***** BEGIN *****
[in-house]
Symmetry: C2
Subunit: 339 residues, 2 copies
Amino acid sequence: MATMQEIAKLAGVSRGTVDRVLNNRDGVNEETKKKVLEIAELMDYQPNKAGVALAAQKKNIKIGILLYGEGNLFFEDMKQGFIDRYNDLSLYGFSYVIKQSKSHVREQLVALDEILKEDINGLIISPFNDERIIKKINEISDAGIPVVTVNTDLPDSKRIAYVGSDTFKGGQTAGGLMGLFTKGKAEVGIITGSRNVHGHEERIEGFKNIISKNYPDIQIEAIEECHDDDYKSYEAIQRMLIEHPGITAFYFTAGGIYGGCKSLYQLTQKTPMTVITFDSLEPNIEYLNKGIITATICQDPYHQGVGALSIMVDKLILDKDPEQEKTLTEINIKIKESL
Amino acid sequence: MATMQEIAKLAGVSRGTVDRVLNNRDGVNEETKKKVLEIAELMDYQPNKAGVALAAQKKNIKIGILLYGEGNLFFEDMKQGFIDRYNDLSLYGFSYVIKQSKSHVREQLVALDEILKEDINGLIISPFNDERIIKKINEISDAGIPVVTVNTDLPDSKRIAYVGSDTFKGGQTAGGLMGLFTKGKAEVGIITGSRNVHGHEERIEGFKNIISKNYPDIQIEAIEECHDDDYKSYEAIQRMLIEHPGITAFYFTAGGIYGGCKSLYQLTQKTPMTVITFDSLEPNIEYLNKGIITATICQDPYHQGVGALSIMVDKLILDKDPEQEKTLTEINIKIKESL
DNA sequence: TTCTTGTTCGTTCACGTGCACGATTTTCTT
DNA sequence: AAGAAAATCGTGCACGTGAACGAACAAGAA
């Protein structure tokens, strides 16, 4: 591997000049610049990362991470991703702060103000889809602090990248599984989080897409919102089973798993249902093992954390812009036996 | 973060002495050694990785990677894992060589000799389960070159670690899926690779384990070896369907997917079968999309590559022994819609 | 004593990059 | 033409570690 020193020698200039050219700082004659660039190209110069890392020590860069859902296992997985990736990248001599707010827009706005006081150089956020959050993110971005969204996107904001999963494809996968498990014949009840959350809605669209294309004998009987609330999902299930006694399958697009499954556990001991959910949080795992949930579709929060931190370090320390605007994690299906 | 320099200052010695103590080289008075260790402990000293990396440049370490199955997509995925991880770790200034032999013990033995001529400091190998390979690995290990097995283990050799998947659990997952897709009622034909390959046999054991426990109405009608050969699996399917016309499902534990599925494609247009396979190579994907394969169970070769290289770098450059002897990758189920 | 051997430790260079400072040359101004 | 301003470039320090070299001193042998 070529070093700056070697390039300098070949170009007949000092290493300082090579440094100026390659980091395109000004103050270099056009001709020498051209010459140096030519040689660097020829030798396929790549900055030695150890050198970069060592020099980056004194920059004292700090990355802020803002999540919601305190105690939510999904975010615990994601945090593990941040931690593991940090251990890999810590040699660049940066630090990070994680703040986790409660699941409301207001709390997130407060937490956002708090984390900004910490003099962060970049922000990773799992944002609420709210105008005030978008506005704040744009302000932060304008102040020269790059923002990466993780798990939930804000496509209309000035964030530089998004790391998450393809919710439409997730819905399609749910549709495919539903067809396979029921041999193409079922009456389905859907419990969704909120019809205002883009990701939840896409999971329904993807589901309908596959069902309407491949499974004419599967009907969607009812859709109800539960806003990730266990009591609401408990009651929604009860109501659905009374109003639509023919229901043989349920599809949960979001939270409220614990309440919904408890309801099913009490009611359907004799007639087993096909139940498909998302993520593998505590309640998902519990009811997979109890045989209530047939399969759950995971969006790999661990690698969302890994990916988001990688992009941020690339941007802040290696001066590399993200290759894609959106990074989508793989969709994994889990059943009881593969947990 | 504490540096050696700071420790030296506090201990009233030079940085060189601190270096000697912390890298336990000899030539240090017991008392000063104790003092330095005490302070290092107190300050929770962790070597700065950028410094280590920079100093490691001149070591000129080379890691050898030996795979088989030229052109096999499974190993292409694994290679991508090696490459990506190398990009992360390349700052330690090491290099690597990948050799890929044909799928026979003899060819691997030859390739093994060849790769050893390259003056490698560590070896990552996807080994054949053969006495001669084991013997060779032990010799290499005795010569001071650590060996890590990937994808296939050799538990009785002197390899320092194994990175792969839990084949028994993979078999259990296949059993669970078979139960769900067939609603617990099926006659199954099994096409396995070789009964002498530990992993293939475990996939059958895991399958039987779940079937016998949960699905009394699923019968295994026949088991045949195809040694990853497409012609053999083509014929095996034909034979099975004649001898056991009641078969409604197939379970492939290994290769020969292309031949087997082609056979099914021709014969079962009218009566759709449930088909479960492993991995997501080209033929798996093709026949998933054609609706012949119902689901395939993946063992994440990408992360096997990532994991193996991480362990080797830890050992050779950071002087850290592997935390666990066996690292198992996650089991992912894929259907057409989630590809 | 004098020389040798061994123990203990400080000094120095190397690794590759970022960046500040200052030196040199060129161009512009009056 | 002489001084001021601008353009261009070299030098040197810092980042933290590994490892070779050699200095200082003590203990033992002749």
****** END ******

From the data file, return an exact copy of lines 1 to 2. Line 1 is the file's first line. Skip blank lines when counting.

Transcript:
[in-house]
Symmetry: C2